Email is an addiction and a major time waster. Here are 6 tips on how to break the habit.
Checking email is a dopamine-releasing addiction. The type that has ever-decreasing highs and pain-causing lows. The highs are those “pings” of anticipation when a notification comes in, followed by disappointment when the anticipation isn’t realized. And the lows are the constant battle between the in-box and productivity, focus, and quality of work. In other words, email is a distraction, not work.
“I’ll be in a one-on-one meeting with my boss and she’s constantly responding to emails. If she’s not at her desk she’s responding on her phone or even her watch. It’s incredibly distracting and our meetings are rarely productive or useful,” shares Jenny, a marketing director. “What’s worse is she works about ten hours a day, then more on the weekends. She rarely has focused time and as a result, as a team we seem to take two steps forward and one back.”
While your habits might not be as extreme as these, a quick scan of your day and how much time you spend on email can tell you if you might benefit by refocusing your email habits.
Six tips for better focus
First, set boundaries. Schedule key emailing times. For example, first thing in the morning (over coffee!), mid-day, and in your last hour of the day. If you need to send a message, try waiting until your regularly-scheduled email time.
Next, close out of email. Yes, literally shut down Outlook/Gmail/etc. Set an auto-response so people know you received their message and will respond within a certain time frame. You can share how they can contact you immediately, if they need a response. As a result, you won’t be compelled to respond the instant a message appears.
Thirdly, never waste others’ time. We all have a co-worker who responds “Thanks!” to every message, replying to all. Don’t be this person. One-word replies, replying to all, copying people who needn’t be copied is a time waster–in other words, just don’t do it.
Fourth, set up separate accounts for newsletters & signups. Set up a Gmail account for newsletters, etc. You can read these when you’re on hold, having coffee, or, not at all. If you’re forced to enter a business email address, create a folder and rule to re-route those newsletters from your main in-box. If you can get along without reading them, unsubscribe altogether.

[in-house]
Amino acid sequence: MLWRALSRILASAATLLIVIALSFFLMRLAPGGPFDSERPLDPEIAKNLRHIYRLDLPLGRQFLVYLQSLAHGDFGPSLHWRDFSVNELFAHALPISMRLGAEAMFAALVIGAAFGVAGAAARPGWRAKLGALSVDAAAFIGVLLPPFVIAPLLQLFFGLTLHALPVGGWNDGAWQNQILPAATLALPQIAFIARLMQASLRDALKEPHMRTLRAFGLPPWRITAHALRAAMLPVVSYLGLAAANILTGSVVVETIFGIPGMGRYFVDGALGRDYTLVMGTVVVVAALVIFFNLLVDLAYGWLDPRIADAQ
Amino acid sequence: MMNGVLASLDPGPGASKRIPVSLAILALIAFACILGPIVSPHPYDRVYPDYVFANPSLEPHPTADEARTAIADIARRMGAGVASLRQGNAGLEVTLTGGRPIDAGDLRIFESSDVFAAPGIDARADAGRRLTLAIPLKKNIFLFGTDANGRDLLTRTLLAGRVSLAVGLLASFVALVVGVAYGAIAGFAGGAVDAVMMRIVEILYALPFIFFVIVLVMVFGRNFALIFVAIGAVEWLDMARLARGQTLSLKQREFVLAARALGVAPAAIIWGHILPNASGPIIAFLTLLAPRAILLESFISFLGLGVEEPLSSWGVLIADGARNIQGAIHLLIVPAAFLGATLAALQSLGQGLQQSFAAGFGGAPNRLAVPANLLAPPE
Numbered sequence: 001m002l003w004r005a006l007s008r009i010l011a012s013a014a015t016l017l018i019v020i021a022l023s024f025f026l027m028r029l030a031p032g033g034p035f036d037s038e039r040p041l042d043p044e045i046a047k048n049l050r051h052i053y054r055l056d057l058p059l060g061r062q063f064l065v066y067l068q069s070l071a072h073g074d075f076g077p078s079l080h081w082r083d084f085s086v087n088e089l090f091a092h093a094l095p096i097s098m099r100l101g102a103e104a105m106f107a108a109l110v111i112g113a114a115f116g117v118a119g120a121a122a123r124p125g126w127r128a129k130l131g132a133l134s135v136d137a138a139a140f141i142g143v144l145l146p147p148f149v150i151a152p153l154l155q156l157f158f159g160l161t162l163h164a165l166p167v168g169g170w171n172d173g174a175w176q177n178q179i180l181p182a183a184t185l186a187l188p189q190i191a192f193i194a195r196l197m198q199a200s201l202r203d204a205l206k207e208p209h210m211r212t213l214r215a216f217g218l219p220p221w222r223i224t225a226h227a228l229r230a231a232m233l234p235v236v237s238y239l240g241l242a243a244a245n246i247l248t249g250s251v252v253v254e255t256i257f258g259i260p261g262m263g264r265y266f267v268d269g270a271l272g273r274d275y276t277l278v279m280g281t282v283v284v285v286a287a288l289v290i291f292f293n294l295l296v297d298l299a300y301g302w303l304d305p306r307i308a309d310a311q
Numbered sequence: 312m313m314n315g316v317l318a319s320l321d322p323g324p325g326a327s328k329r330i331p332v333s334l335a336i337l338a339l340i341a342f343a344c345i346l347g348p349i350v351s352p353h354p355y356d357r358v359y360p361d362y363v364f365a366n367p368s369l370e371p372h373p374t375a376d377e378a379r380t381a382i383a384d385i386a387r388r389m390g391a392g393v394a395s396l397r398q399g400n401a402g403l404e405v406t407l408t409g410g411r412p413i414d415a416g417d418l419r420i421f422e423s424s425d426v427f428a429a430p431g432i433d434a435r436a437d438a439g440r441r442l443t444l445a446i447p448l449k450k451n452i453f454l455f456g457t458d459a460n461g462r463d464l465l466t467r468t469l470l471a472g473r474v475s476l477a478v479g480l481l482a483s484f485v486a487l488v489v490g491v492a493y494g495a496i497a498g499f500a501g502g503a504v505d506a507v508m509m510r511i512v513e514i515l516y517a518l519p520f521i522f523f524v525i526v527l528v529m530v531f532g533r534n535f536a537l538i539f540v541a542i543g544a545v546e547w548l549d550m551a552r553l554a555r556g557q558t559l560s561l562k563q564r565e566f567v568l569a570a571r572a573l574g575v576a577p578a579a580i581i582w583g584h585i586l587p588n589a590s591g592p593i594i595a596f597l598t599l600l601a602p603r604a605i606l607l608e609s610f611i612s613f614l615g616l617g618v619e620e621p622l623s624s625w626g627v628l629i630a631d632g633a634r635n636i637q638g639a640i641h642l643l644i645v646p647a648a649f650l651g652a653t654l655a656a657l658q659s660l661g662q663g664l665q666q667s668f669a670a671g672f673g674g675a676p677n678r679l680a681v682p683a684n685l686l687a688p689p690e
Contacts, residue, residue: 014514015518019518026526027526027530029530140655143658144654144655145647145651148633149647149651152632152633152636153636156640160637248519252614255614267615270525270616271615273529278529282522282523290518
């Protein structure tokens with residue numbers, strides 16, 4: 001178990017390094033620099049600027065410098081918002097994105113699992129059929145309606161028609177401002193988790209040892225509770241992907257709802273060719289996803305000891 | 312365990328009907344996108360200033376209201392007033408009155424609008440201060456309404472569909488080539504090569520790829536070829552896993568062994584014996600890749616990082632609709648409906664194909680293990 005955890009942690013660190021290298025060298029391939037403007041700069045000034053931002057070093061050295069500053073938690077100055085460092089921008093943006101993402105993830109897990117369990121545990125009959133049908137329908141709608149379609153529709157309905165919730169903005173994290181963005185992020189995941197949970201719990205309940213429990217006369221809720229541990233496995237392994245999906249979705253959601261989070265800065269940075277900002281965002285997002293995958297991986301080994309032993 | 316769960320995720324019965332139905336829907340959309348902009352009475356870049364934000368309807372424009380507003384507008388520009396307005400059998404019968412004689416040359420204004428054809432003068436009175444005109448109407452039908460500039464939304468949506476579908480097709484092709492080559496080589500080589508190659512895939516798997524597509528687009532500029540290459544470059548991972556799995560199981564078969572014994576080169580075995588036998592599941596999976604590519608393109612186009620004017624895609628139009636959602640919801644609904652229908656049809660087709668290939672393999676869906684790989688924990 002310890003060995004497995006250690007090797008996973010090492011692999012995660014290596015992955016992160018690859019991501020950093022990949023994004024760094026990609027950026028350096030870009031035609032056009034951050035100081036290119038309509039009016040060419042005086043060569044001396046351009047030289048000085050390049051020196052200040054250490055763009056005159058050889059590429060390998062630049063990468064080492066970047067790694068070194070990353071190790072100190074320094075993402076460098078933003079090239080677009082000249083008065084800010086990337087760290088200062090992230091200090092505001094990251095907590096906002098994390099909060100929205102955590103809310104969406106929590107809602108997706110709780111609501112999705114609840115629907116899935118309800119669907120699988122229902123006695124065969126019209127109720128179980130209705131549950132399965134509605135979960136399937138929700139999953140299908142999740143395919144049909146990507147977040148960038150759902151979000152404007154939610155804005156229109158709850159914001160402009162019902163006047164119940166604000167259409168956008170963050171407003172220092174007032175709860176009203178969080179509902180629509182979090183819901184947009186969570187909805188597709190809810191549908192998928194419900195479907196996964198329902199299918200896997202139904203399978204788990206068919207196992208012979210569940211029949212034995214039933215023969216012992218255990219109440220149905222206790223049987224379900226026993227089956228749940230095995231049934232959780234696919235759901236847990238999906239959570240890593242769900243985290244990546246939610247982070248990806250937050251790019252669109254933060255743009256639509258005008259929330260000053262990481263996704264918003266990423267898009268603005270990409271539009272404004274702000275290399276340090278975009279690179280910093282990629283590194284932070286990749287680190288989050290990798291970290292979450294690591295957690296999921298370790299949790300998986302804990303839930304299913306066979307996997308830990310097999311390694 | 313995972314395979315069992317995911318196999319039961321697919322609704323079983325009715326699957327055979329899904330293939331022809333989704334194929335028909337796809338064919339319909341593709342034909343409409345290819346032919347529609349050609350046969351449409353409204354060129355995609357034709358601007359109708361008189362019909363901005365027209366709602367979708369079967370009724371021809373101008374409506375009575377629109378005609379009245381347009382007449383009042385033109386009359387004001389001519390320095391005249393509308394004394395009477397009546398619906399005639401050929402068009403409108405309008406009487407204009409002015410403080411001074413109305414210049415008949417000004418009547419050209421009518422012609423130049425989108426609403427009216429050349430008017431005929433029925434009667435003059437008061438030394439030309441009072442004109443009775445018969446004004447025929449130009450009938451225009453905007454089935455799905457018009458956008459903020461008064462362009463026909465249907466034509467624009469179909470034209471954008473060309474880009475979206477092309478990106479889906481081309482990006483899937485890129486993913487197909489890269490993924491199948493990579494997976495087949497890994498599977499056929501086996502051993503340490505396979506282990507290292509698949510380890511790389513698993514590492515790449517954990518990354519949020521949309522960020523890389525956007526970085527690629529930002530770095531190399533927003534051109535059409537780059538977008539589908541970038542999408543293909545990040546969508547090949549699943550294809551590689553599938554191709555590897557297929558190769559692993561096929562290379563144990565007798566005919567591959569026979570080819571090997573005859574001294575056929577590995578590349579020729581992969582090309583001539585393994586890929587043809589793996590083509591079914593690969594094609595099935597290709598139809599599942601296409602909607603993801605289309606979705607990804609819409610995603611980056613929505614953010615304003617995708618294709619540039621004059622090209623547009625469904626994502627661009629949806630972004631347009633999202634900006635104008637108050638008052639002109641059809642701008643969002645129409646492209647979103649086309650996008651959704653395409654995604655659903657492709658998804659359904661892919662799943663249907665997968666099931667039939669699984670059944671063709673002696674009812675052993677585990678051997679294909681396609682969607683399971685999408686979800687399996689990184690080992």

Fifth, respond when you read the message. With so many people connecting work accounts to their mobile devices, the amount of messages stating “sorry, I thought I responded” is on the rise. Don’t look at email on your mobile device unless you’re prepared to respond immediately. Reading email twice is a big time waster!
Most importantly: don’t let email pull you from your day’s tasks. Does the message create a task for you? Let the sender know that. “I need to look into this and will get back to you tomorrow mid-day” works well. You’ve acknowledged their query and let them know your action plan.
Of course, sometimes urgent requests require your immediate attention. But remember, those are the exception to the rule.
Remember, email is a tool for correspondence, nothing more. Many times people say they spent half their day “doing email” but didn’t get anything done. That’s because they allow email to distract them from the real work at hand. If you put the five strategies we’ve shared into action you’ll have more time to focus on the real tasks at hand: work!